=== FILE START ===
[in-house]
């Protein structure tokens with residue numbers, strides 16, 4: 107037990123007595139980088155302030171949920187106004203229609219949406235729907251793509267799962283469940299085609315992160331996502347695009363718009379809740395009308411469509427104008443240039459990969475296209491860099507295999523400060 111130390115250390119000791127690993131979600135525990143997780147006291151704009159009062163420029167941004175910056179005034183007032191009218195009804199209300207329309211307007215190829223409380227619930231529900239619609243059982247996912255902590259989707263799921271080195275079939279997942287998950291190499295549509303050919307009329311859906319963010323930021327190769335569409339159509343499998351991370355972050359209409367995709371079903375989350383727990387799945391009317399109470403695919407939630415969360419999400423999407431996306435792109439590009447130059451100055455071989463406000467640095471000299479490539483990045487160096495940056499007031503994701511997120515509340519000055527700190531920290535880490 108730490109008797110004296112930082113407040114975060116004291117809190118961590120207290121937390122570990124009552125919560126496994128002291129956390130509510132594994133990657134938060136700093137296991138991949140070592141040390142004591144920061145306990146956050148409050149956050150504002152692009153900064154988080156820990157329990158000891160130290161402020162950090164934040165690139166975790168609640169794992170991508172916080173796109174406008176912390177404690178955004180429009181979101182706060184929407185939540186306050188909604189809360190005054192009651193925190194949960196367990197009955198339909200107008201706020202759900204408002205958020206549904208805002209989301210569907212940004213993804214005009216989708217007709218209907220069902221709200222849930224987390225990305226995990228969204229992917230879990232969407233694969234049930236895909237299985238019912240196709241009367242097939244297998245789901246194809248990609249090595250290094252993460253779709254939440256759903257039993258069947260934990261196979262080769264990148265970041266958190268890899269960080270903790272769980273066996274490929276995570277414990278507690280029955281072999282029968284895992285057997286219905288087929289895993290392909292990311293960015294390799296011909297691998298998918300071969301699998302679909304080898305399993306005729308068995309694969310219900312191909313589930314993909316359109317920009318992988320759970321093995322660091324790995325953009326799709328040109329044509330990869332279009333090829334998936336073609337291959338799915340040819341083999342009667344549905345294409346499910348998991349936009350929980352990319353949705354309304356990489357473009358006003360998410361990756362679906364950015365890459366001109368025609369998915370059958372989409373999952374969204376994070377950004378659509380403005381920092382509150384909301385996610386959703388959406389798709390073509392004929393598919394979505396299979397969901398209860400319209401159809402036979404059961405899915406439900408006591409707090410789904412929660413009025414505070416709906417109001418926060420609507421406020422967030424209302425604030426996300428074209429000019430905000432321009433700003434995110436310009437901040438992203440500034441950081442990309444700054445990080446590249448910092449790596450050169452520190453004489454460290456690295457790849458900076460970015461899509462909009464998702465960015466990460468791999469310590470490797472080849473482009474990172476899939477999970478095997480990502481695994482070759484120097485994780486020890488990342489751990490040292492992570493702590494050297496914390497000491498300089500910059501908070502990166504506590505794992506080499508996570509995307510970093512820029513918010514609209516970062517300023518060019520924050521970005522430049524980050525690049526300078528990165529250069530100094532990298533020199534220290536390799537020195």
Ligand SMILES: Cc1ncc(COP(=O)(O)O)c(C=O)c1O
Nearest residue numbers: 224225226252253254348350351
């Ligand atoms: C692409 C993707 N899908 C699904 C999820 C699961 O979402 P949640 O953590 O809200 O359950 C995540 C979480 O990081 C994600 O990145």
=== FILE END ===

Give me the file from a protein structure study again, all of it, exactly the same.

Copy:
[in-house]
């Protein structure tokens with residue numbers, strides 16, 4: 107037990123007595139980088155302030171949920187106004203229609219949406235729907251793509267799962283469940299085609315992160331996502347695009363718009379809740395009308411469509427104008443240039459990969475296209491860099507295999523400060 111130390115250390119000791127690993131979600135525990143997780147006291151704009159009062163420029167941004175910056179005034183007032191009218195009804199209300207329309211307007215190829223409380227619930231529900239619609243059982247996912255902590259989707263799921271080195275079939279997942287998950291190499295549509303050919307009329311859906319963010323930021327190769335569409339159509343499998351991370355972050359209409367995709371079903375989350383727990387799945391009317399109470403695919407939630415969360419999400423999407431996306435792109439590009447130059451100055455071989463406000467640095471000299479490539483990045487160096495940056499007031503994701511997120515509340519000055527700190531920290535880490 108730490109008797110004296112930082113407040114975060116004291117809190118961590120207290121937390122570990124009552125919560126496994128002291129956390130509510132594994133990657134938060136700093137296991138991949140070592141040390142004591144920061145306990146956050148409050149956050150504002152692009153900064154988080156820990157329990158000891160130290161402020162950090164934040165690139166975790168609640169794992170991508172916080173796109174406008176912390177404690178955004180429009181979101182706060184929407185939540186306050188909604189809360190005054192009651193925190194949960196367990197009955198339909200107008201706020202759900204408002205958020206549904208805002209989301210569907212940004213993804214005009216989708217007709218209907220069902221709200222849930224987390225990305226995990228969204229992917230879990232969407233694969234049930236895909237299985238019912240196709241009367242097939244297998245789901246194809248990609249090595250290094252993460253779709254939440256759903257039993258069947260934990261196979262080769264990148265970041266958190268890899269960080270903790272769980273066996274490929276995570277414990278507690280029955281072999282029968284895992285057997286219905288087929289895993290392909292990311293960015294390799296011909297691998298998918300071969301699998302679909304080898305399993306005729308068995309694969310219900312191909313589930314993909316359109317920009318992988320759970321093995322660091324790995325953009326799709328040109329044509330990869332279009333090829334998936336073609337291959338799915340040819341083999342009667344549905345294409346499910348998991349936009350929980352990319353949705354309304356990489357473009358006003360998410361990756362679906364950015365890459366001109368025609369998915370059958372989409373999952374969204376994070377950004378659509380403005381920092382509150384909301385996610386959703388959406389798709390073509392004929393598919394979505396299979397969901398209860400319209401159809402036979404059961405899915406439900408006591409707090410789904412929660413009025414505070416709906417109001418926060420609507421406020422967030424209302425604030426996300428074209429000019430905000432321009433700003434995110436310009437901040438992203440500034441950081442990309444700054445990080446590249448910092449790596450050169452520190453004489454460290456690295457790849458900076460970015461899509462909009464998702465960015466990460468791999469310590470490797472080849473482009474990172476899939477999970478095997480990502481695994482070759484120097485994780486020890488990342489751990490040292492992570493702590494050297496914390497000491498300089500910059501908070502990166504506590505794992506080499508996570509995307510970093512820029513918010514609209516970062517300023518060019520924050521970005522430049524980050525690049526300078528990165529250069530100094532990298533020199534220290536390799537020195």
Ligand SMILES: Cc1ncc(COP(=O)(O)O)c(C=O)c1O
Nearest residue numbers: 224225226252253254348350351
């Ligand atoms: C692409 C993707 N899908 C699904 C999820 C699961 O979402 P949640 O953590 O809200 O359950 C995540 C979480 O990081 C994600 O990145």